Heritage, culture and craftsmanship are the cornerstones of India’s long history. Embroidery, the embodiment of India’s art history, meets the summit of commercial solicitation in the country’s financial capital: Mumbai. The city plays host to the biggest hand-embroidery firms in the country who meet touchstone quality standards and export to the biggest names in the Haute Couture and luxury Ready-to-Wear business.
In the last issue, we threw light on how these companies initially acquired clients, either through personal contacts or just by being really hands-on in approaching the right people, and how they really assessed the client’s technical needs to make time-bound deliveries. So, while we are done with all the fashion forward aspects like design development and curating the right raw materials, how the manufacturers actually put the labour force and quality compliances together in a timely fashion is what makes or breaks this industry.
Working with practically the leaders of fashion like Christian Dior, Gucci and Givenchy, it comes as a little surprise to see that state-of-the-art infrastructure and robust management is a norm of this world. Subsequently, since people and processes are irrefutable here more than anywhere else, the companies are constantly working on intensive training programmes to keep workers in tune with the client’s changing requirements. Their hand-embroidery and garment finishing factories are designed and trained by international technicians who truly uplift the already highly-skilled workforce. Combining this best in class know-how that forms a solid backbone with efficient checks and compliances is basically the entire recipe to make it in this business.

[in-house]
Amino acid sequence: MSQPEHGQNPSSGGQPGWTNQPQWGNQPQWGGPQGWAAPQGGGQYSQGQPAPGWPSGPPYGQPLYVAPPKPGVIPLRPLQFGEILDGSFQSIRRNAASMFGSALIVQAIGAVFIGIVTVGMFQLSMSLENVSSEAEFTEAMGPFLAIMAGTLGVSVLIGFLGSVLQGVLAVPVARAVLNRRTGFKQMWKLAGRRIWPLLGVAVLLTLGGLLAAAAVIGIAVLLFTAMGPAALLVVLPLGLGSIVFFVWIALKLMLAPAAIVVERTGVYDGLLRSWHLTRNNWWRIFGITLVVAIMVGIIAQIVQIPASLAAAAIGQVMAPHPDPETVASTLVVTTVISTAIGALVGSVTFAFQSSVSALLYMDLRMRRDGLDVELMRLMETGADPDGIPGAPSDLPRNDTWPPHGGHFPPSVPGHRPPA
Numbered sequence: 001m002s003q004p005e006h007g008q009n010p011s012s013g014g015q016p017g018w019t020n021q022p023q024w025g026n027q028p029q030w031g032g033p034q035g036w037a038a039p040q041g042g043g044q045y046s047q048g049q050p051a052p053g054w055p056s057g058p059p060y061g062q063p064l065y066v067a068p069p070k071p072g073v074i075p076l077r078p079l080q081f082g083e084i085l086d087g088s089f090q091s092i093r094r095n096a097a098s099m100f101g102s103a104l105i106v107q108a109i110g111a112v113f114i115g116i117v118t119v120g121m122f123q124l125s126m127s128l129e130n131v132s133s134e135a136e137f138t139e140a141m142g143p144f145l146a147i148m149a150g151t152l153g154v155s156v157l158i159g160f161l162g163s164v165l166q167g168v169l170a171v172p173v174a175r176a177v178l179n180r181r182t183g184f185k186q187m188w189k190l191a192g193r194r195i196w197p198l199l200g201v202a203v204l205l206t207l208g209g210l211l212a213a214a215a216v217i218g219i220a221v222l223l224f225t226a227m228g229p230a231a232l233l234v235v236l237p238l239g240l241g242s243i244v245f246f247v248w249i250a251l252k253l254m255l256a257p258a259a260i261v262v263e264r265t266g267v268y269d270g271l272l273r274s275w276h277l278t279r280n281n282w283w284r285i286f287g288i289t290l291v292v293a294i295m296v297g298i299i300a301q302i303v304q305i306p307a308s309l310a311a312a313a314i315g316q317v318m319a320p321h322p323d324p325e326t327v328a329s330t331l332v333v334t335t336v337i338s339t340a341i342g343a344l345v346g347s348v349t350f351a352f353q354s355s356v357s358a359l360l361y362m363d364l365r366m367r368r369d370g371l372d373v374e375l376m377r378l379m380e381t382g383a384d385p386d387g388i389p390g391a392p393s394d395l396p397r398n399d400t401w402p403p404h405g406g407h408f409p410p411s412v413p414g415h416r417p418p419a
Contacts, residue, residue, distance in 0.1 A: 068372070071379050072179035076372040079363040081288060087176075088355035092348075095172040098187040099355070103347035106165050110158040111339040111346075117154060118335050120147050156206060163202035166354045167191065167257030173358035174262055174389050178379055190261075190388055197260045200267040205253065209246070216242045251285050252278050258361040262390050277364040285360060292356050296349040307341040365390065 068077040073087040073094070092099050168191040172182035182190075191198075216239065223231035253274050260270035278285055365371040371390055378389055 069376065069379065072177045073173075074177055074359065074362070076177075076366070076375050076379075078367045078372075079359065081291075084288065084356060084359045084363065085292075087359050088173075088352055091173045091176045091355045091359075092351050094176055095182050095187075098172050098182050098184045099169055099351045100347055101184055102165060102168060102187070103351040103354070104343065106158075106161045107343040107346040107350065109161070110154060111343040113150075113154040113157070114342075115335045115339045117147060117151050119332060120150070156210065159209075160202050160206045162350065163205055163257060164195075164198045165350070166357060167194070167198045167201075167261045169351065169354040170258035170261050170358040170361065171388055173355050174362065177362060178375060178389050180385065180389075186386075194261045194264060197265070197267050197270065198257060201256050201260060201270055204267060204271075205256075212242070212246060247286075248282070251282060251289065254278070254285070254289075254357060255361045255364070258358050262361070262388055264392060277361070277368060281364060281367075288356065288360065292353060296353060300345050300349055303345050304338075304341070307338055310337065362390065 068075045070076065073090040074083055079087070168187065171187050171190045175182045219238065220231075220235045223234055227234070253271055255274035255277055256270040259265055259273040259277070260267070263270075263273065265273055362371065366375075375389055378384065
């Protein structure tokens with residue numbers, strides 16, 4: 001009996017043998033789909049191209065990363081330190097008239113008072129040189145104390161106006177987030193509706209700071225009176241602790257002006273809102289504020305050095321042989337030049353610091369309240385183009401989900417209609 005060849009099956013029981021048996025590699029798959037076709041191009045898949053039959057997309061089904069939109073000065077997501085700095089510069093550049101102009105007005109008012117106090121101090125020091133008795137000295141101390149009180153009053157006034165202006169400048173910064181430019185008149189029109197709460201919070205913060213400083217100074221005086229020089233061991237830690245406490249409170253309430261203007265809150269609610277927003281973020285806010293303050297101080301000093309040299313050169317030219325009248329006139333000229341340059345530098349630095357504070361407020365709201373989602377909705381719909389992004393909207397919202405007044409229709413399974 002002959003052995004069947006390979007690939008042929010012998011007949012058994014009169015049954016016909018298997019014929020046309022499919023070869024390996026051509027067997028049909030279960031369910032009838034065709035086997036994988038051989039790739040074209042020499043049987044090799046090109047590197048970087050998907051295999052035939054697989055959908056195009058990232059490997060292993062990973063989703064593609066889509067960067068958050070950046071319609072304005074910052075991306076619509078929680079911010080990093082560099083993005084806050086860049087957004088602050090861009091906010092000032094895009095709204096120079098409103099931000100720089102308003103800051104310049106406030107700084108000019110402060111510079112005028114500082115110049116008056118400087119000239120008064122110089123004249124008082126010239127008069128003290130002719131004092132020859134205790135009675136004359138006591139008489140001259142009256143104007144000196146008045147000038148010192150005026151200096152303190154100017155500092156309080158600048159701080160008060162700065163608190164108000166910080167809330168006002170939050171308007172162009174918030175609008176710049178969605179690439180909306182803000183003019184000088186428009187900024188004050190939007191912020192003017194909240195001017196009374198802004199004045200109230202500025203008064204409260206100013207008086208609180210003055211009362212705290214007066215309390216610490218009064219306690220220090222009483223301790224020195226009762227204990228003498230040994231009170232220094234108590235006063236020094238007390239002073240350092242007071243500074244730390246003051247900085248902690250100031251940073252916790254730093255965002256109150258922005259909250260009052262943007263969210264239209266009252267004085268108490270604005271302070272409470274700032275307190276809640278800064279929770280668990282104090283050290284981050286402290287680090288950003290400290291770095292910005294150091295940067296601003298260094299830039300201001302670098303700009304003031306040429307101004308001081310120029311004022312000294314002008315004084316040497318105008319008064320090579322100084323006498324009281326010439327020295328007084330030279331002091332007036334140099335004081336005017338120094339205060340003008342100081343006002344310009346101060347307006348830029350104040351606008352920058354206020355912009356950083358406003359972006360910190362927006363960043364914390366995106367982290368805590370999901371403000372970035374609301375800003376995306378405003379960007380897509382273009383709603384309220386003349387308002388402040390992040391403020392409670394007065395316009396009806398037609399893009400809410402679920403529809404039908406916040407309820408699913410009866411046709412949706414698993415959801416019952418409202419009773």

Here is the second part of our story breaking down the recipe of exactly how Mumbai became the silent but proud crown-bearer of the finest and most innovative luxury hand-embroideries in the country.
QUALITY CHECKS AT EVERY STAGE
Being an industry where the number of pieces you produce per style could go as low as only one piece, there is no tolerance for misplacing any quality parameters. Quality checks are the biggest charge added on the hefty price tag of luxury. There are meticulous processes at every level that take care of everything – from fabric defects, colour matching, motif adherence, broken or missed stitches and other design details – to make sure that the product being shipped is in the best shape. Even when the shipment is being processed, they have to make sure that important embroidery panels are packed without making any creases and only a certain number of folds are allowed depending on the intricacy of the work done on that particular panel. The packages are also monitored with the highest precision to make sure products reach the brand in impeccable condition along with repair kits and extra materials.